Scientists Say New Farm Chemical 'Will Cause Disease and Illness'

Strawberry growers are planning to fumigate their crops with methyl iodide, a carcinogen and neurotoxin that can cause miscarriages and other medical problems.

California pesticide regulators plan to approve a new agricultural chemical to sterilize the soil of strawberry fields, but state records and interviews with scientists raise questions about whether workers and nearby communities can be adequately protected from the highly toxic chemical.

Currently, strawberry growers use a fumigant called methyl bromide, which is being phased out around the world because it damages the ozone layer. But the alternative, methyl iodide, a carcinogen and neurotoxin that can cause miscarriages and other medical problems, is considered far more toxic than methyl bromide.

In interviews with KQED's "Quest," members of a scientific review panel that examined the potential use of methyl iodide said it was clear to them that exposure levels would far exceed what they, along with staff scientists, had deemed safe.

"I understood those levels were unattainable," said panel member Edward L. Loechler, a professor of biology at Boston University. "It was blatantly obvious that those levels were unattainable."

The panel's chair, John Froines, a professor in the Department of Environmental Health Sciences at UCLA, said, "I honestly think this chemical will cause disease and illness. And so does everyone else on the committee."

Lea Brooks, a spokeswoman for the California Department of Pesticide Regulation, which has approved the use of methyl iodide, said in an email that risk managers at the agency have concluded that the chemical can be used safely "with the strict safeguards proposed."

"No pesticide," she said, "has been evaluated more than methyl iodide in the history of the Department of Pesticide Regulation."

Brooks said methyl iodide's approval comes with a list of required safeguards – tools like buffer zones and respirators – intended to keep workers and bystanders safe from inhaling dangerous levels of the chemical.

Farmers who use methyl iodide would be required to create buffer zones of 200 feet or more, depending on the number of acres being fumigated. The buffer zone would be extended to a half-mile for schools, hospitals and daycare centers.

At Gavilan View Middle School in Salinas, where little league teams practice just yards away from commercial strawberry fields, fumigation companies would have to ensure that the school remained vacant for 48 hours.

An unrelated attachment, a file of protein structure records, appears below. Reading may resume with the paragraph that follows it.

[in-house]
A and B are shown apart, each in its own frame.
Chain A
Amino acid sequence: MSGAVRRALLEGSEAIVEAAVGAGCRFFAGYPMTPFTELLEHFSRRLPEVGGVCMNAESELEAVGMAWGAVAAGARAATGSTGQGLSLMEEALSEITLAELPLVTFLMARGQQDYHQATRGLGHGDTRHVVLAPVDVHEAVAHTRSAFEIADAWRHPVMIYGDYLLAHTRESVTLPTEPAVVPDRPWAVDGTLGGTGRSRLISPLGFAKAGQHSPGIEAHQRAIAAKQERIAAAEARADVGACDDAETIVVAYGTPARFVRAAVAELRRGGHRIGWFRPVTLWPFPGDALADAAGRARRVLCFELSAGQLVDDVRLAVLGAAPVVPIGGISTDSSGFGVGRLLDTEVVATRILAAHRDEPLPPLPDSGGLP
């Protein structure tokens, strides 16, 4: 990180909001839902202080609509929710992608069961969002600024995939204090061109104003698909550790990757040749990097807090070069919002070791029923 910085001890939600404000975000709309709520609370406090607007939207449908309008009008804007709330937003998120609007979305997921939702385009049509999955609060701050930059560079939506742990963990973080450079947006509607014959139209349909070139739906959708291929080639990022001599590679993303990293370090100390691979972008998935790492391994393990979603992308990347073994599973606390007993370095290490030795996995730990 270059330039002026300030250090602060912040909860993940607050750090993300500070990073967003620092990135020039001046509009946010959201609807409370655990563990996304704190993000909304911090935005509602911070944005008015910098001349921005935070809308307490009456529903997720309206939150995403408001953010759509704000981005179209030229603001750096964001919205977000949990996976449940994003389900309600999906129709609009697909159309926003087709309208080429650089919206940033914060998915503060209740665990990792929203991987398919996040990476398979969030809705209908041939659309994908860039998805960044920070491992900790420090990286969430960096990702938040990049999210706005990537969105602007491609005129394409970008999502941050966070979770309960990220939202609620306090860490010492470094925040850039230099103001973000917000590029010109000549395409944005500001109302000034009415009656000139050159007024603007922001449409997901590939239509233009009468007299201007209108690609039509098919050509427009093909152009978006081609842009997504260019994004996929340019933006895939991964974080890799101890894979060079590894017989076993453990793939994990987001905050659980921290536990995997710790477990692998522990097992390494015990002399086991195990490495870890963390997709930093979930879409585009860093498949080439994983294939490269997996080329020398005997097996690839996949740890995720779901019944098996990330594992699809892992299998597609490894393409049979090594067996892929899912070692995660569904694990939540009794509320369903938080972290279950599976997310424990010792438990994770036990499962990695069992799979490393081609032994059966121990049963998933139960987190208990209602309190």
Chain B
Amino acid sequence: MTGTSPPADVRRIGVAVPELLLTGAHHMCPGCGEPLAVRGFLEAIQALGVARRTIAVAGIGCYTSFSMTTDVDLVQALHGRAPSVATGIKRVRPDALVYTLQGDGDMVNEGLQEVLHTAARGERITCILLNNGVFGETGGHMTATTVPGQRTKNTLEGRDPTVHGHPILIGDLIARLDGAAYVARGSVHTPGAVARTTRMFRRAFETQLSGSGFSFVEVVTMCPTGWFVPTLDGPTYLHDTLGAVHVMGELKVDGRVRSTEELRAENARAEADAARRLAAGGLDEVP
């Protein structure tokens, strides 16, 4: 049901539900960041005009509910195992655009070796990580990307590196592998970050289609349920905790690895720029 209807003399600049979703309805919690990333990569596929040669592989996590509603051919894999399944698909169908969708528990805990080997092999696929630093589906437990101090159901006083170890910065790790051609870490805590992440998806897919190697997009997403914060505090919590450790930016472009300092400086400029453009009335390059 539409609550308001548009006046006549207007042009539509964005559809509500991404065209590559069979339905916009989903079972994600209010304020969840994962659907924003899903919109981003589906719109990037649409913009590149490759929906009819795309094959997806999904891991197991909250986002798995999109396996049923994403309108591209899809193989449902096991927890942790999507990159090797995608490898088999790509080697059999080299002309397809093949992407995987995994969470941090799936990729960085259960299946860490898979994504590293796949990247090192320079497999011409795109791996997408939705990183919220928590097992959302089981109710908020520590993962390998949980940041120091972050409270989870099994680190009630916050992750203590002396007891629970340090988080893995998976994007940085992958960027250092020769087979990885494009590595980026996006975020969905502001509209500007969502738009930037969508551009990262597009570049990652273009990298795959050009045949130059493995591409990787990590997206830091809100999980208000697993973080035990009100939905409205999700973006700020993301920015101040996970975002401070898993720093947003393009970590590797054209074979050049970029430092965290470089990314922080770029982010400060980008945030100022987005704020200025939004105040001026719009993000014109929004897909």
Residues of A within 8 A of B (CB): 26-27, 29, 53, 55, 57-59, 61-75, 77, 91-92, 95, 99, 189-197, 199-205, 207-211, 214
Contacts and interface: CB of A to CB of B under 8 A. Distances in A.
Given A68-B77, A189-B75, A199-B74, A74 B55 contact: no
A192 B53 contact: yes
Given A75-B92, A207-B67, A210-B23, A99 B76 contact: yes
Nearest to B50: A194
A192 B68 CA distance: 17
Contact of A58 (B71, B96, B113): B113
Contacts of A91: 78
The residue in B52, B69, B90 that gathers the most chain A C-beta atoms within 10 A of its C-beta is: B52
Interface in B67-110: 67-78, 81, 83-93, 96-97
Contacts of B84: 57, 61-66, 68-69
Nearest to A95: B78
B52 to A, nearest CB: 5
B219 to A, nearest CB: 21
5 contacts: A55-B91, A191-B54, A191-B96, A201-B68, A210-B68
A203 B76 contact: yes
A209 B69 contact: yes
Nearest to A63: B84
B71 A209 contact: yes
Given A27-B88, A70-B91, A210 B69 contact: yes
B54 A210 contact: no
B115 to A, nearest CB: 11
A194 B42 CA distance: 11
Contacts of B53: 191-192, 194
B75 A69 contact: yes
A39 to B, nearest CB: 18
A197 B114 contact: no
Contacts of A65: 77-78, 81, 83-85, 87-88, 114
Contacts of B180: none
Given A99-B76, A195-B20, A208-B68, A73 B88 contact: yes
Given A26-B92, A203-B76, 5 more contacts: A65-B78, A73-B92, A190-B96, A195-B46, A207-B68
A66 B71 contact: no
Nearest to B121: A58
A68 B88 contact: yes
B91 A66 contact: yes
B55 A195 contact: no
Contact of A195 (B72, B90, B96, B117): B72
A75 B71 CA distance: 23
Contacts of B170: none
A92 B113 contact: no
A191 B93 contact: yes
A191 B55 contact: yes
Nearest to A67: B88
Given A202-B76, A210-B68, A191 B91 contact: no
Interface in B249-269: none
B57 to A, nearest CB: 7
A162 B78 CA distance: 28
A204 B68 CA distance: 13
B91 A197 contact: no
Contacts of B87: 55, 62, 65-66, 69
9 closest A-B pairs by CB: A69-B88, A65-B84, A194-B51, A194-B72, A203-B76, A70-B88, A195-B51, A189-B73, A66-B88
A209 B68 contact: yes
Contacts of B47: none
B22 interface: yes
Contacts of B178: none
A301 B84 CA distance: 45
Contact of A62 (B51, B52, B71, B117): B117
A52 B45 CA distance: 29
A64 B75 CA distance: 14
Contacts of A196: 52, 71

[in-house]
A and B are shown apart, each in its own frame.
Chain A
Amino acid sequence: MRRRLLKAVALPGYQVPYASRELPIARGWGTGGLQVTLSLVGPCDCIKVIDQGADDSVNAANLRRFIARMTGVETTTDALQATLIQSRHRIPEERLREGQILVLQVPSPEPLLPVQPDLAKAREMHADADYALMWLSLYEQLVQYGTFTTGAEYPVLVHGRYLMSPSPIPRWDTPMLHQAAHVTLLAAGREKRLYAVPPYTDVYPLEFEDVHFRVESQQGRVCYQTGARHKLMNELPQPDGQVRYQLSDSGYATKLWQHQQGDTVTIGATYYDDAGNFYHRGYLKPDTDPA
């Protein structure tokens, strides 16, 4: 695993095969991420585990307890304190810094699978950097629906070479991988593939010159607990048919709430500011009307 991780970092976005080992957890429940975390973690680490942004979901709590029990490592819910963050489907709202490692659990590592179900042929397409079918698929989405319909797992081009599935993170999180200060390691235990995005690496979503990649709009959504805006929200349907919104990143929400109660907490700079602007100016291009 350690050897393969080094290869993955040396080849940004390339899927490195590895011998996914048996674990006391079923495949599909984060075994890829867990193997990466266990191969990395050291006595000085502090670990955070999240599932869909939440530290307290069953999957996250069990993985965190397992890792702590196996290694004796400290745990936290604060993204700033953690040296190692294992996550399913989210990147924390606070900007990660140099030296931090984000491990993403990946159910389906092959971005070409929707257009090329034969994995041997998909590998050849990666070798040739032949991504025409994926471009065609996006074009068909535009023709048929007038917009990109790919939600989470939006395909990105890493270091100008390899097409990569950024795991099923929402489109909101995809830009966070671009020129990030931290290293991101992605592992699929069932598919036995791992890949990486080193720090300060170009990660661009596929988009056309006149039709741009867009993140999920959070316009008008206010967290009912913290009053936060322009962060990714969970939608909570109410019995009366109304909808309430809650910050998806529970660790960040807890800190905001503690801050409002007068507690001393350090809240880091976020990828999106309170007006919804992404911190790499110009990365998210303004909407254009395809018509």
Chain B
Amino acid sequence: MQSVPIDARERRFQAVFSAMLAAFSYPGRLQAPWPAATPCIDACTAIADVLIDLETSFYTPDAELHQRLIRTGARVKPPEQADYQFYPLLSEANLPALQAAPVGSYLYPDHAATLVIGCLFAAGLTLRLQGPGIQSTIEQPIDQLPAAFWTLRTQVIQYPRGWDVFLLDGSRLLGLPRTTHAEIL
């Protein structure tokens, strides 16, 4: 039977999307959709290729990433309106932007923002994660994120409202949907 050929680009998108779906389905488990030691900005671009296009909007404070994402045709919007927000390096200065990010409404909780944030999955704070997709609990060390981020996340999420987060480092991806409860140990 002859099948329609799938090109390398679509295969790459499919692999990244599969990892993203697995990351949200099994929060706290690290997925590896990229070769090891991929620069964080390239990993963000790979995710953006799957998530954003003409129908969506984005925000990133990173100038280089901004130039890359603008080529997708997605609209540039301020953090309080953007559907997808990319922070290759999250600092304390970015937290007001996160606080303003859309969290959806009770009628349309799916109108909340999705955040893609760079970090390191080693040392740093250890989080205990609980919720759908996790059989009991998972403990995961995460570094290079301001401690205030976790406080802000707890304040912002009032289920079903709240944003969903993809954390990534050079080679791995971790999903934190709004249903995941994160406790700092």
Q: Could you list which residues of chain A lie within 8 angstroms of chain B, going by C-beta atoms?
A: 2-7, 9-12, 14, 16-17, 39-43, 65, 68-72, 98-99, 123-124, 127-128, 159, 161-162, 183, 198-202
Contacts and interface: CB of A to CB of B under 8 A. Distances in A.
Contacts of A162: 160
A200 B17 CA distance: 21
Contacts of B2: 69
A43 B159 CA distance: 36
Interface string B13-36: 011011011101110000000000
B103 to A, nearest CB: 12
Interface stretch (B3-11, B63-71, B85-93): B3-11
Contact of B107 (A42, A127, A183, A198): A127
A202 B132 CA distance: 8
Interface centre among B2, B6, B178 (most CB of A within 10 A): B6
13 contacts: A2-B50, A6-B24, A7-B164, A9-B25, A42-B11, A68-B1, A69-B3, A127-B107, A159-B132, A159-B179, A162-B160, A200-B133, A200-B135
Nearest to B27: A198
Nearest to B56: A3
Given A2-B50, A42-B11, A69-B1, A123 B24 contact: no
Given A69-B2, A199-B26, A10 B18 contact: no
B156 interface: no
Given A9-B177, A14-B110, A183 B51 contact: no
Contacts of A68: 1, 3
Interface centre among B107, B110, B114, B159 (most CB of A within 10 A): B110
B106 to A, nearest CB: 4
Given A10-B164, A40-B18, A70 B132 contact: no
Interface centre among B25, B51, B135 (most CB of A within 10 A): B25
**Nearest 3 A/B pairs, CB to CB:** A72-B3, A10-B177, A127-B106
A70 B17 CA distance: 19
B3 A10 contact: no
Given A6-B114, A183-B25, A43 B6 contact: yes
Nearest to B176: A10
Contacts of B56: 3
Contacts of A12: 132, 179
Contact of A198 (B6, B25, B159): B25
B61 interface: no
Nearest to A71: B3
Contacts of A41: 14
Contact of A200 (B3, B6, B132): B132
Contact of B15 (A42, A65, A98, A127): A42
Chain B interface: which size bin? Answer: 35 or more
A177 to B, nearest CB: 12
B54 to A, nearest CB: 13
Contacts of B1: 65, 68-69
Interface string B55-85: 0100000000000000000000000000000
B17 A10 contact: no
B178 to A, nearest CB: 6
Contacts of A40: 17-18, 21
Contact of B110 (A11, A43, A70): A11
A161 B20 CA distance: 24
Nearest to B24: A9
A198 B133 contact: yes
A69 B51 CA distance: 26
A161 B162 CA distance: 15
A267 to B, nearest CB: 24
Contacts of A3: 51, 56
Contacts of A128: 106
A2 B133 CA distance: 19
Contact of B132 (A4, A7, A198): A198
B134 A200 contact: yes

The buffer zones proposed for methyl iodide are similar, though more stringent, than what's required for methyl bromide.

In interviews, strawberry pickers said that buffer zones are generally enforced when fumigators are working in nearby fields. They said that they sometimes smell fumes, which drift across the fields.

"Sometimes you feel nauseous, or your head aches," said Alejandra Nolasco Campos, a mother of two who works in the Salinas-area strawberry fields. "But if you feel bad and you sit down for a while, then once you’ve recuperated, you head back."

Campos says that, like many women in the fields, she worked through the first five months of her pregnancy. Since methyl iodide is a neurotoxin that can cause miscarriage, scientists on the panel were particularly concerned that it could harm the brains of developing fetuses.

"The endpoint you're basing this on is death," said Loechler. "Even if the fetuses aren't dying, they may be experiencing other impacts that are subtler than death, but still serious."

Episodes of pesticide "drift," such as those described by Campos and other farm workers, are hard to count, because they're only recorded when workers end up in the hospital as a result of their exposure. According to the Department of Pesticide Regulation, there were an average of 37 such incidents each year between 2000 and 2007.

Because of the concerns around methyl iodide, the Department of Pesticide Regulation asked Froines to convene the scientific review panel to help assess the chemical's toxicity, and to recommend exposure levels at which it might be considered safe.